It reminds me that when I lived in a shared flat, which could be quite noisy, I used to shut out the sound by listening to music playing repeat (I once listened to Chuck Berry’s Johnny B. Goode that way for 13 hours straight). After a while the music becomes a mantra that you no longer hear. But it also stops you hearing anything else either. But it has to fill the whole aural bandwidth, from low bass to high treble, if you want to stop any other sound sneaking in. And only electric music with fuzz guitars can do that. Classic orchestral music is too thin. If you want to make a piano fill a room, you have to hit it with a hammer, set all the strings vibrating. The “wall of sound” was exactly what it said it was: a wall.
Maybe what’s happening in places like New York is that absolutely everything is getting more and more intrusive. The apartments are no longer as apart as they used to be, and people are all increasingly occupying the same big room from which the walls and floors have vanished (or may as well have vanished). And so you increasingly notice the smoke and incense and aftershave and frying onions, and you hear all the voices and music and kettles and hammers, and you see all the skirts and and the skin-tight jeans and bras and wigs and lipstick, and you listen all day to people talking about this and that and the other, most of which you don’t want to know about. And that’s when you start wanting to ban smoking and cars and free speech and climate change denial, and you start dreaming of “safe spaces” and living on Walden Pond like Thoreau.
Something that Junican wrote a day or two back:
I think that no one could actually BELIEVE that the smoking ban would actually happen.
I didn’t. I had some sort of ‘mental blockage’ which refused to accept the idea that I could not go the the pub, order a pint and have a cig at the bar with an ashtray to hand, and chat, or not, to other people, smokers or not. Perhaps people who are condemned to death suffer similar blockages. They cannot actually accept, in their minds, that tomorrow, they will have a loop in a rope placed around their necks and be dropped through a trapdoor.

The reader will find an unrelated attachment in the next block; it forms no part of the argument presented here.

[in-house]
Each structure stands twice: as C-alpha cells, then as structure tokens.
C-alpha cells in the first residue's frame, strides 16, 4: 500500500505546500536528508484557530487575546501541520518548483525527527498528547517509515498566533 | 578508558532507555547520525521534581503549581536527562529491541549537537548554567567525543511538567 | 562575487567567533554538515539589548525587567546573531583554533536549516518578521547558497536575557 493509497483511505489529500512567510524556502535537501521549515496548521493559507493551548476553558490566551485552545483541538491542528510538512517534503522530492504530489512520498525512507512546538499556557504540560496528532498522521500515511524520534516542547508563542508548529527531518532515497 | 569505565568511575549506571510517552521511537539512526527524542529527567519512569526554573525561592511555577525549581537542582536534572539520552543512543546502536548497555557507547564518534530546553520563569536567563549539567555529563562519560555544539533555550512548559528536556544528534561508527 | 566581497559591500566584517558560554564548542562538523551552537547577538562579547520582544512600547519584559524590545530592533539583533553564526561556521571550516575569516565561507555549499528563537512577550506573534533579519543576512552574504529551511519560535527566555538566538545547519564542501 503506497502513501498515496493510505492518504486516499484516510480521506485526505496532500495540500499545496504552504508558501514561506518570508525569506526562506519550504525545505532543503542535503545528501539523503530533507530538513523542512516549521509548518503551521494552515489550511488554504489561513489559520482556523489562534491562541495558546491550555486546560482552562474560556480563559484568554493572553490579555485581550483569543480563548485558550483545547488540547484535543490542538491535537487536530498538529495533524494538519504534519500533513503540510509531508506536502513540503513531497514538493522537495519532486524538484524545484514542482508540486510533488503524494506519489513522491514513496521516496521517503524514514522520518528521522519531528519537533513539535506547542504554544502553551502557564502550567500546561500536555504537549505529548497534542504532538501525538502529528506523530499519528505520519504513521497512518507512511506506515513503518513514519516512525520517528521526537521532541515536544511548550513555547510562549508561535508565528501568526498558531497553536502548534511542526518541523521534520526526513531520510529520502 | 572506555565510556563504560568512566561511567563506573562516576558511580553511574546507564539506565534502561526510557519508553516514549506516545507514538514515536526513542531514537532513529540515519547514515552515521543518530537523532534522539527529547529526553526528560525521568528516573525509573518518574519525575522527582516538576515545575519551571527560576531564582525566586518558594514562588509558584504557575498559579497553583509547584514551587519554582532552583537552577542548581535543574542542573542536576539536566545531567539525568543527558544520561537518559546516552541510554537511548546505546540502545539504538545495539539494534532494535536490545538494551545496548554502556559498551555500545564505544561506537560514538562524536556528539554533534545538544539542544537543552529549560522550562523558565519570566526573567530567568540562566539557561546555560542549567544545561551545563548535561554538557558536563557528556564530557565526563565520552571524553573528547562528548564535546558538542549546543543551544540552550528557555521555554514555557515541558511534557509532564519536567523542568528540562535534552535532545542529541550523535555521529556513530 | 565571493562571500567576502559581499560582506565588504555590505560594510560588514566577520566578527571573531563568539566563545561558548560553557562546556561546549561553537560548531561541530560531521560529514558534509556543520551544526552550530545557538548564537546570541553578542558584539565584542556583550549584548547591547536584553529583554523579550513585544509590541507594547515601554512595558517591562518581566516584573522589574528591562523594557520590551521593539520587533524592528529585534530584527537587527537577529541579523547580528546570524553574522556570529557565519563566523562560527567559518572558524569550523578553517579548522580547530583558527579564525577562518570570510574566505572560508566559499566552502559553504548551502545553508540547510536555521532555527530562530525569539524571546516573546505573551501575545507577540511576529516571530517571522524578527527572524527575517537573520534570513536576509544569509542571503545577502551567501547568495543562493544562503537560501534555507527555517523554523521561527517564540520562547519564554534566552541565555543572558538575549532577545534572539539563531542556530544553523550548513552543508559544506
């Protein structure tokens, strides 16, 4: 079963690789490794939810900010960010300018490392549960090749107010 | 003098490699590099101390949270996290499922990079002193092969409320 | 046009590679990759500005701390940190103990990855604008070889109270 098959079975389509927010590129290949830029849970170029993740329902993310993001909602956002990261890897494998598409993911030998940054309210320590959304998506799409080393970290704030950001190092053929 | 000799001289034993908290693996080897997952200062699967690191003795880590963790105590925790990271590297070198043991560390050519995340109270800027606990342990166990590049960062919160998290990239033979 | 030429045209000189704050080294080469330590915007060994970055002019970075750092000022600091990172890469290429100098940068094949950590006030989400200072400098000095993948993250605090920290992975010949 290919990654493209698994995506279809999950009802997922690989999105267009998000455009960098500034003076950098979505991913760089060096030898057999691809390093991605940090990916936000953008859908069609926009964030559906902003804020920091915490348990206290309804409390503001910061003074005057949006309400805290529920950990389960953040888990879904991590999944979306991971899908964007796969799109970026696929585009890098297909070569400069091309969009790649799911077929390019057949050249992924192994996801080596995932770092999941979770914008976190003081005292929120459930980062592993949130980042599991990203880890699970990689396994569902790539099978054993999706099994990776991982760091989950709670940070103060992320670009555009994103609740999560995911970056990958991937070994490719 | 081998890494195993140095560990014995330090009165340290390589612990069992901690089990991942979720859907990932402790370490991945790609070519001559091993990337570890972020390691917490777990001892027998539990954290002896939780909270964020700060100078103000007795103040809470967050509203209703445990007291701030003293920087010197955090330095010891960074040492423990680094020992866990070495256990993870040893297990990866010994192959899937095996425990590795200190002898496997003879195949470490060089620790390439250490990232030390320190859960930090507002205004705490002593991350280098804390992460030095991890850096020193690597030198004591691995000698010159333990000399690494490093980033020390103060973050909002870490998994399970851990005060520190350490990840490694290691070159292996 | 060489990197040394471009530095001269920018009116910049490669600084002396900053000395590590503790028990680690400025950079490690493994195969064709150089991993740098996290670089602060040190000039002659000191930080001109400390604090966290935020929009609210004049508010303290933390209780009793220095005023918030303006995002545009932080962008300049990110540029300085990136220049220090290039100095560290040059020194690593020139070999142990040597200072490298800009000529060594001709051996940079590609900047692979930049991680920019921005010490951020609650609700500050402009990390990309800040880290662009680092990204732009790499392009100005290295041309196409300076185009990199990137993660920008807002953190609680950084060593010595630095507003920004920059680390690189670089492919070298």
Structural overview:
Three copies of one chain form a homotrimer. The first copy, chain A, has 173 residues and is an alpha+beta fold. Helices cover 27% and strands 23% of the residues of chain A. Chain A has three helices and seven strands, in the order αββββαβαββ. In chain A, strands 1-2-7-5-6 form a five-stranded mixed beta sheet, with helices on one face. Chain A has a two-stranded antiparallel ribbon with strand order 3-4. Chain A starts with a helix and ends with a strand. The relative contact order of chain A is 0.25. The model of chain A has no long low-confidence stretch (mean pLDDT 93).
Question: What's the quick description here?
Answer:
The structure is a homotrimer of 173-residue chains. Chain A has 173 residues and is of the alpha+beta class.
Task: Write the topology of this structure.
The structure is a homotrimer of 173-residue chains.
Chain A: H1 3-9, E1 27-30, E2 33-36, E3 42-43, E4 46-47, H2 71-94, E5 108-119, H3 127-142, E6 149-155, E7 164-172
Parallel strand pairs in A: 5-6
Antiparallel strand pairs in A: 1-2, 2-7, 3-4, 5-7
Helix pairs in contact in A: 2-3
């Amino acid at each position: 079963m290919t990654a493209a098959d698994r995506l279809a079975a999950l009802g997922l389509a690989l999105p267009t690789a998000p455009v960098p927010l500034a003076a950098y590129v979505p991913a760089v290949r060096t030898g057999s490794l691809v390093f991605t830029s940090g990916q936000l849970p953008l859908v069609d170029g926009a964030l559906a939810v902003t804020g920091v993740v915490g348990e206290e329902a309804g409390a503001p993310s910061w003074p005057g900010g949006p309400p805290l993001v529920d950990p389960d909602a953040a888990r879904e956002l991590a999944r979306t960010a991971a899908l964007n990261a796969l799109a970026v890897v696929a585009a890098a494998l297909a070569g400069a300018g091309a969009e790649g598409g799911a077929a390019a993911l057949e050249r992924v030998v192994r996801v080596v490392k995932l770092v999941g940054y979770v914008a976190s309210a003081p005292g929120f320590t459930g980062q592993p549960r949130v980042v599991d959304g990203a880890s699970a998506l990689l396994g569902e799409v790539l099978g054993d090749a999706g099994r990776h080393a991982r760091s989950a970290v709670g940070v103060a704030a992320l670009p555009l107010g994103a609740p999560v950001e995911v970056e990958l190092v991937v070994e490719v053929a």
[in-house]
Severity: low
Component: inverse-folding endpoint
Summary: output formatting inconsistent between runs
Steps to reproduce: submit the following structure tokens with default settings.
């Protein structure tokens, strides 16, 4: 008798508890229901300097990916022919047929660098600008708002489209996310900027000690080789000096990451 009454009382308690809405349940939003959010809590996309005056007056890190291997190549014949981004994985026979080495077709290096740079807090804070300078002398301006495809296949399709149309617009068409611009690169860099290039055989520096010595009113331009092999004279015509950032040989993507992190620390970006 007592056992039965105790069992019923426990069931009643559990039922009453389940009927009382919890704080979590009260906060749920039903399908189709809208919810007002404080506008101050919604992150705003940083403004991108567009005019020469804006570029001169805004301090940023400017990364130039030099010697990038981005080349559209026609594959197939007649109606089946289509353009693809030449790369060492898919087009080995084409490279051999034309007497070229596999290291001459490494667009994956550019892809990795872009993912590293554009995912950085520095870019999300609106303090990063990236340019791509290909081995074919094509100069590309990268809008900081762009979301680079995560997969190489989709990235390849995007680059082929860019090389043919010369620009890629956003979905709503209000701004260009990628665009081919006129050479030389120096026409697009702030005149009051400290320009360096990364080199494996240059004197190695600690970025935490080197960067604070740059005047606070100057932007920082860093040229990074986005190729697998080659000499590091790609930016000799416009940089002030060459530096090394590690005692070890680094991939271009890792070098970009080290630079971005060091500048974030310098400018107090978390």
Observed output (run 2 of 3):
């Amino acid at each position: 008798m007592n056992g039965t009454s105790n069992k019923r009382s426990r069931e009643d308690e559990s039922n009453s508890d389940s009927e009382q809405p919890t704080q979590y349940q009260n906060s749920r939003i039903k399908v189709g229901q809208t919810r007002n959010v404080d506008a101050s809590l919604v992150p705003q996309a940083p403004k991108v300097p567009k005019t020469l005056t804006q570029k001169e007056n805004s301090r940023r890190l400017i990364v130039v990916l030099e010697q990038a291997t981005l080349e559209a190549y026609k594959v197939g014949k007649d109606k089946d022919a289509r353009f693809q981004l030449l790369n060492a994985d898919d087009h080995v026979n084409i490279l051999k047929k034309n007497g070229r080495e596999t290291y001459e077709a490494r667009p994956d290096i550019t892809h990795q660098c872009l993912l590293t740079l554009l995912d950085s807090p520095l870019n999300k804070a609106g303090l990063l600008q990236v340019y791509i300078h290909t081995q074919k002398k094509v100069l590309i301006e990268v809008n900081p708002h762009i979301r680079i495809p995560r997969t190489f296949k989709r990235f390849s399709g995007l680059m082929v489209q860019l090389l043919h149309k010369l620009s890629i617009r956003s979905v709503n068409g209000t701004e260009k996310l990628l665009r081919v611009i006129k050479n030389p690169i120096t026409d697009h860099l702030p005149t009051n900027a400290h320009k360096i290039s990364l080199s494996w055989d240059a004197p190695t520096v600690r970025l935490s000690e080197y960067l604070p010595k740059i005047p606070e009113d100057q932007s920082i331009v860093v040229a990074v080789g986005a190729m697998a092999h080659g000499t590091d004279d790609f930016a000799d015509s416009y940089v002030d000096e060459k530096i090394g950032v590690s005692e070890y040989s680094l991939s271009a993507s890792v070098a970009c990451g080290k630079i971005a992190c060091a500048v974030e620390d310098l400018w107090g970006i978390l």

I think he’s right. I had a mental blockage too. But a slightly different one: I couldn’t imagine what it was going to be like. Other people that I knew weren’t bothered about the prospect. They’d say things like: “It’ll be no problem. You’ll just slip outside now and then.” But I didn’t think it was going to be that simple. I thought it was going to be a profound change. But I couldn’t see in what ways it might be. And my premonition was pretty accurate. If anything, I actually under-estimated the impact. Ten years later I’m still picking up the pieces.
He goes further:
It reasonably follows that Blair et al did not fully realise what they were doing.
Tony Blair of course being the Prime Minister who introduced the UK smoking ban – although I always thought it was somehow significant that he left office on 27 June, 3 days before it came into force.
And of course he didn’t know what he was doing. I believe he had strong reservations about doing it. But it was immediately declared to be a great success. And probably lots of people still think it was a great success.
But I think it was a disaster. And still is a slowly deepening disaster. I’m just wondering how long it’s going to take before the political class realises how great a disaster it really was.